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After Joey Gilbert election challenge, a potential schism in the state GOP

Jacob Solis
Jacob Solis
Election 2022
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More than two weeks after a Carson City judge ruled against former Republican gubernatorial candidate and Reno-area lawyer Joey Gilbert in his bid to undo his primary loss to Clark County Sheriff Joe Lombardo, Gilbert has yet to file a promised appeal of the decision to the state Supreme Court as of Monday afternoon.  

Gilbert — who lost to Lombardo by 26,000 votes — argued in his suit that nefarious election “algorithms” had switched votes to deny him victory. District Court Judge James Wilson blocked the suit, however, calling Gilbert’s key witness testimony “hearsay, first of all” and saying that Gilbert’s suit had not met the legal standards required for election challenges.  

As of Friday, the district court docket, obtained by The Nevada Independent, instead showed that Lombardo’s attorneys had filed a motion for sanctions last week, seeking attorney’s fees through the state’s frivolous litigation laws. 

That motion also excoriated the suit more broadly, calling the underlying mathematical theories “wacky” and “nonsensical,” as well as characterizing Gilbert’s key witness testimony, in part, as “the unknown mathematical analysis of a self-styled amateur mathematician who Mr. Gilbert concedes is patently unqualified.”  

Gilbert’s attorney, Craig Mueller, did not return a call left with his office on Monday. 

The delay comes despite Gilbert vowing an appeal and saying “we’re not going anywhere” in a Facebook broadcast just days after the initial decision was reached by Wilson earlier this month.

In that broadcast, streamed live on Aug. 16, Gilbert said that “I'm not telling everybody not to vote. You're gonna do what you're going to do.” He also urged his supporters to back other statewide candidates.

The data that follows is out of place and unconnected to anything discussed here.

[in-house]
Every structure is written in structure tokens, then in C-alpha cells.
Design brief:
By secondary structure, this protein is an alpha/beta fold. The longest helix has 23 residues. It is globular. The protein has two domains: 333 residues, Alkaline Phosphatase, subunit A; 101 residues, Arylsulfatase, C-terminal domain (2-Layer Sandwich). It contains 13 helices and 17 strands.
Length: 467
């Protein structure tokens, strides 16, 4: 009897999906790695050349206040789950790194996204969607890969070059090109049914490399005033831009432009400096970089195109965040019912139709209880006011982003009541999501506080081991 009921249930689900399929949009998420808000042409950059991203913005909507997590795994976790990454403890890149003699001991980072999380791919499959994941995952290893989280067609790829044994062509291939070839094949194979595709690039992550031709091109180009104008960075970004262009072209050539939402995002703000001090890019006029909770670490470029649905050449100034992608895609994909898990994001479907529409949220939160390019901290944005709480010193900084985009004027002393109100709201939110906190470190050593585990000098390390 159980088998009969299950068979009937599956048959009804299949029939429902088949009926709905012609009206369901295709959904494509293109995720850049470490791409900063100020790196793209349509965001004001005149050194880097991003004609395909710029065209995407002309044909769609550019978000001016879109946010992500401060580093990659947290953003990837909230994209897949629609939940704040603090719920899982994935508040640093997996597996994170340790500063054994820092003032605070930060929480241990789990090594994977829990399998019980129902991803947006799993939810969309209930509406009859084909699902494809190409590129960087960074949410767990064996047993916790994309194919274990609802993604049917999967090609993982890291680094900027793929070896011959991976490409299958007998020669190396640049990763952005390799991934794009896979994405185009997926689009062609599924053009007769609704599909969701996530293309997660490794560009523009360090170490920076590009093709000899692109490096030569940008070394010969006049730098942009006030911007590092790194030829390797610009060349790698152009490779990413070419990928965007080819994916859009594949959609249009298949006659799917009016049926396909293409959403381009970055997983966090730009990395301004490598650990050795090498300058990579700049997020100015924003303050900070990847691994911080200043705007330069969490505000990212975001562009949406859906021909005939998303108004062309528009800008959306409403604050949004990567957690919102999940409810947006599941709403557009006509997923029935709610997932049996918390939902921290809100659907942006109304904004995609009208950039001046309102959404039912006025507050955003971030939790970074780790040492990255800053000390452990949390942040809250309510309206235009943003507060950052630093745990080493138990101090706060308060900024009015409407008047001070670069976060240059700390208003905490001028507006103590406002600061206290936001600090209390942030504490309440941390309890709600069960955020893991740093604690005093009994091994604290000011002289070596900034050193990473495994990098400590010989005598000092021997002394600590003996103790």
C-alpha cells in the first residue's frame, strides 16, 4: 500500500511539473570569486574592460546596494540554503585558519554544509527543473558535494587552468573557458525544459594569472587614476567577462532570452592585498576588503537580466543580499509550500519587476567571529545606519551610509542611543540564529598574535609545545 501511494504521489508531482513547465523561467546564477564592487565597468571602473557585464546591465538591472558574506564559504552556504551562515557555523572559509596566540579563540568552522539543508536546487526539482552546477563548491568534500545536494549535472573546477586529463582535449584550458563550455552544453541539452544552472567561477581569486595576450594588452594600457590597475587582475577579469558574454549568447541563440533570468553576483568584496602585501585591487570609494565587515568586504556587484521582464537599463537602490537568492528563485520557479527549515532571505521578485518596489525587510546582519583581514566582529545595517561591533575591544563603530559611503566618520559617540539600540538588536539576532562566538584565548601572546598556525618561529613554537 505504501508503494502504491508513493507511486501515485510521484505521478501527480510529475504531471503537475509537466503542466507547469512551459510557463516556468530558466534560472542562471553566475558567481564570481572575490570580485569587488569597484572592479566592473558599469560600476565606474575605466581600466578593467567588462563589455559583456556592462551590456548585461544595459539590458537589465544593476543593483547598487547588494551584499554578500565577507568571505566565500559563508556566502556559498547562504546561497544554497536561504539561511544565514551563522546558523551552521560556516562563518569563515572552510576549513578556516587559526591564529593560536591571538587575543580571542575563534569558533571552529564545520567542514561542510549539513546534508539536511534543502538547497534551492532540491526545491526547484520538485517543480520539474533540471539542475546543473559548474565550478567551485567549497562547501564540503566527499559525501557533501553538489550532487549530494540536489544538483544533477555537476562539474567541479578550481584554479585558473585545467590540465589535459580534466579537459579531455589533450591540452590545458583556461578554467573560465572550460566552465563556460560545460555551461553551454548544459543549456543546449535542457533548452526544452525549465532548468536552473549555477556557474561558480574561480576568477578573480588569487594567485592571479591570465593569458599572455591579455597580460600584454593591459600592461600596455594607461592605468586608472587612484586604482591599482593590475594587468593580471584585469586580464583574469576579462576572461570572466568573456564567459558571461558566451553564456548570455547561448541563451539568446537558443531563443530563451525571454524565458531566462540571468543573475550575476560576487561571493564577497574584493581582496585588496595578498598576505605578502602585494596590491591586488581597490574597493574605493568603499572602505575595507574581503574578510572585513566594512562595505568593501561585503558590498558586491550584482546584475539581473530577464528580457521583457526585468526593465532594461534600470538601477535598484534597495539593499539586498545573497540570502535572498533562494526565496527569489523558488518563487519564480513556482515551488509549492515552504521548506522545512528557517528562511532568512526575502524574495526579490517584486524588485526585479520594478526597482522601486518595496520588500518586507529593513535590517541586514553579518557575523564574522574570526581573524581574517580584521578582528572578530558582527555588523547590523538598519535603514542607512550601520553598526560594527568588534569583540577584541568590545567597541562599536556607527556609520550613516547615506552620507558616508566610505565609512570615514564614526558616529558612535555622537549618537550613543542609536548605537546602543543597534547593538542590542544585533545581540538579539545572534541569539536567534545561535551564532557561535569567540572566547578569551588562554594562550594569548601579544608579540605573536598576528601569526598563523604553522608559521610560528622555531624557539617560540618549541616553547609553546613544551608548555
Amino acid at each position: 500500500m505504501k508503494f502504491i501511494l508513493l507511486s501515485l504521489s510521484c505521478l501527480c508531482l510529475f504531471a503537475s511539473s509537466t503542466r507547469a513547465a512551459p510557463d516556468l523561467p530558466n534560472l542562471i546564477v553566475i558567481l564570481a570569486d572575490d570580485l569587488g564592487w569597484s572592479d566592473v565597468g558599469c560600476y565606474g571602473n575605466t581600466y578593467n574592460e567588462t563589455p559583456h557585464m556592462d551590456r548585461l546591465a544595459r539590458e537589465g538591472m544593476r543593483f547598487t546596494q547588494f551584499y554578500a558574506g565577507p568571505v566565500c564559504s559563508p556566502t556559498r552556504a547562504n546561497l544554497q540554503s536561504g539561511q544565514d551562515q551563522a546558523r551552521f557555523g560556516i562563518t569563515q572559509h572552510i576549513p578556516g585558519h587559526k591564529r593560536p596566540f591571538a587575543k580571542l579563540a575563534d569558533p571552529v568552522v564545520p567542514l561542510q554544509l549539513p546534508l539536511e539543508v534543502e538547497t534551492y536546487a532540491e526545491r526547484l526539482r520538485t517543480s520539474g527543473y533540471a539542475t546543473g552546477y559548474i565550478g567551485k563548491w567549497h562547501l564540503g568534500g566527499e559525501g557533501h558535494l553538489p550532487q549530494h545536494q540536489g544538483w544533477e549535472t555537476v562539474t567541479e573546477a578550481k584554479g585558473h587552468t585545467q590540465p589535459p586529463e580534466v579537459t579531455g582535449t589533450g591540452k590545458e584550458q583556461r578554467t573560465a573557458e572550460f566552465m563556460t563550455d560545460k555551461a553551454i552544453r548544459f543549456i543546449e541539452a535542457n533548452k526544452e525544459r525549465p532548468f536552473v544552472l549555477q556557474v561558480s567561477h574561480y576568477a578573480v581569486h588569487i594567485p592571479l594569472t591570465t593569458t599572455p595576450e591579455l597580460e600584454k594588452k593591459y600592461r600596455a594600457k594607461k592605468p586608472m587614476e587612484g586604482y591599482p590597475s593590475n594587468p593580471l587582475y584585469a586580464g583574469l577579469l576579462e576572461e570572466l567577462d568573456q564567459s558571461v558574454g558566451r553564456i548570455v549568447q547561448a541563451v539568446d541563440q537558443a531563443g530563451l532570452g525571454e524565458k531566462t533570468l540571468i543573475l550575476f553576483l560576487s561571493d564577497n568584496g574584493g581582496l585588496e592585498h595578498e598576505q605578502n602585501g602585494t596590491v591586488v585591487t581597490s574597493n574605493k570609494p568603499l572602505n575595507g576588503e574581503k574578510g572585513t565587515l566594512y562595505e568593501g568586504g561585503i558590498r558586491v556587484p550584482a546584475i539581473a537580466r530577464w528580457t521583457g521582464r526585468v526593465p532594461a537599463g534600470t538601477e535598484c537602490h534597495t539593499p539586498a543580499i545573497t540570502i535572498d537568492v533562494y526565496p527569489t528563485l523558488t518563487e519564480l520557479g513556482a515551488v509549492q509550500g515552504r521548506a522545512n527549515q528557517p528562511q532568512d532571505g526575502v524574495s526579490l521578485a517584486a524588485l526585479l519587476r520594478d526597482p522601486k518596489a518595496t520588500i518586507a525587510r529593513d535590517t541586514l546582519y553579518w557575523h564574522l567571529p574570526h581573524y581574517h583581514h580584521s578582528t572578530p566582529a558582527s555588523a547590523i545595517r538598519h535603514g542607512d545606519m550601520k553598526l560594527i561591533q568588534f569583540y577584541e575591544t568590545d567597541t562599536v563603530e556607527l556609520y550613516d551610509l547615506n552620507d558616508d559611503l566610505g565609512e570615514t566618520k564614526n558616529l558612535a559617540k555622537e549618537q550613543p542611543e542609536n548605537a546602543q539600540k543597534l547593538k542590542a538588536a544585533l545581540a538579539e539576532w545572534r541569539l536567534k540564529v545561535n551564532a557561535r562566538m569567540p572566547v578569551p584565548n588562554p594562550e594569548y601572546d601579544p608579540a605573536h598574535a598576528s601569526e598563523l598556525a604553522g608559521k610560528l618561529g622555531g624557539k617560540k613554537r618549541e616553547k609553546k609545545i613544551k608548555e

However, he also continued to criticize Lombardo, saying in part that he had “no crossover appeal” and that “real Republicans aren’t going to vote for him.” 

“I have not accused Lombardo of anything,” Gilbert said. “I don't think he’s smart enough to be in it, and he probably thinks he won, because he thinks he won. Which, that’s unfortunate, he didn’t win.” 

Gilbert also said that, barring an agreement from the Lombardo campaign to audit the election and support a switch to hand-counted paper ballots, “There’s no way I can ask my people, you people here, to vote for him.” 

Still, Gilbert, a Reno-based attorney, stopped short of criticizing Wilson directly, even as he decried his ruling. 

“I could never say anything derogatory about either one of them,” he said, referring to both Wilson and the other Carson City District Court judge, James Russell. “They’ve always been fair to me.” 

Gilbert said in a separate Facebook post last week that Lombardo has “no chance whatsoever without my supporters” and that “The GOP should not have ‘selected’ such a dud.” 

All the while, state Republicans have internally chafed at Gilbert’s challenge. During a luncheon for the Republican Women of Reno on Aug. 11 — one day after the ruling came down in the Gilbert election challenge — state GOP Chair Michael McDonald told the crowd that: “We have enemies from within the Republican Party that are throwing marbles at our feet so we fall.”

“The time for saying, ‘oh Joe Lombardo this and Adam Laxalt that,’ that’s gone, that is over,” McDonald said. “The line has been drawn. You’re either with us, or against us."

McDonald’s most recent comments echo a push from state Republicans to fall behind Lombardo in July, after Gilbert initially filed suit. That includes another Republican gubernatorial candidate, Dean Heller, who finished in third place behind Lombardo and Gilbert. 

In a statement released by the Lombardo campaign, Heller said that “I’ve seen lawsuits like this far too often.”

“They’re almost always counterproductive and can do serious damage to the reputation of the Republican Party,” he wrote.

Editor’s Note: This story appears in Indy 2022, The Nevada Independent’s newsletter dedicated to comprehensive coverage of the 2022 election. Sign up for the newsletter here.

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